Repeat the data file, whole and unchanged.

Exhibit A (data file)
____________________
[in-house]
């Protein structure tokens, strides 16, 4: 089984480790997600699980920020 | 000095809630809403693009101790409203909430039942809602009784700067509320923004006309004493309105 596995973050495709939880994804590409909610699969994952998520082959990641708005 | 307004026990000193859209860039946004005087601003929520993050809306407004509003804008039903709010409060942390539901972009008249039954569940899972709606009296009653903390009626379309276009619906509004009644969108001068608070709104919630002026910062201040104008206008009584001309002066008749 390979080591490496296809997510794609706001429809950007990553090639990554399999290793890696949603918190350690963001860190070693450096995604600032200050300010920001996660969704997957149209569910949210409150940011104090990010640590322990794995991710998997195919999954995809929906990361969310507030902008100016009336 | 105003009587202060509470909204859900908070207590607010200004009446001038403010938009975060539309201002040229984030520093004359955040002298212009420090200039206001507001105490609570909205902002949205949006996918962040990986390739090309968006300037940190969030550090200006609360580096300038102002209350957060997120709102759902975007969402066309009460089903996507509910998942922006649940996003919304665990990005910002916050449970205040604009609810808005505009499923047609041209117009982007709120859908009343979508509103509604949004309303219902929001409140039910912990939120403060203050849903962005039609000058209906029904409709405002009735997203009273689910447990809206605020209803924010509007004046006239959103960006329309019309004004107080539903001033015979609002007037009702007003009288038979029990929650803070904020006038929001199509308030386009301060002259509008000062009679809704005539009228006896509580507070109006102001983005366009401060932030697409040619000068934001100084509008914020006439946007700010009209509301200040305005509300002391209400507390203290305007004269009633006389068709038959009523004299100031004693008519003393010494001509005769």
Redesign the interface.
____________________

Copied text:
[in-house]
């Protein structure tokens, strides 16, 4: 089984480790997600699980920020 | 000095809630809403693009101790409203909430039942809602009784700067509320923004006309004493309105 596995973050495709939880994804590409909610699969994952998520082959990641708005 | 307004026990000193859209860039946004005087601003929520993050809306407004509003804008039903709010409060942390539901972009008249039954569940899972709606009296009653903390009626379309276009619906509004009644969108001068608070709104919630002026910062201040104008206008009584001309002066008749 390979080591490496296809997510794609706001429809950007990553090639990554399999290793890696949603918190350690963001860190070693450096995604600032200050300010920001996660969704997957149209569910949210409150940011104090990010640590322990794995991710998997195919999954995809929906990361969310507030902008100016009336 | 105003009587202060509470909204859900908070207590607010200004009446001038403010938009975060539309201002040229984030520093004359955040002298212009420090200039206001507001105490609570909205902002949205949006996918962040990986390739090309968006300037940190969030550090200006609360580096300038102002209350957060997120709102759902975007969402066309009460089903996507509910998942922006649940996003919304665990990005910002916050449970205040604009609810808005505009499923047609041209117009982007709120859908009343979508509103509604949004309303219902929001409140039910912990939120403060203050849903962005039609000058209906029904409709405002009735997203009273689910447990809206605020209803924010509007004046006239959103960006329309019309004004107080539903001033015979609002007037009702007003009288038979029990929650803070904020006038929001199509308030386009301060002259509008000062009679809704005539009228006896509580507070109006102001983005366009401060932030697409040619000068934001100084509008914020006439946007700010009209509301200040305005509300002391209400507390203290305007004269009633006389068709038959009523004299100031004693008519003393010494001509005769």
Redesign the interface.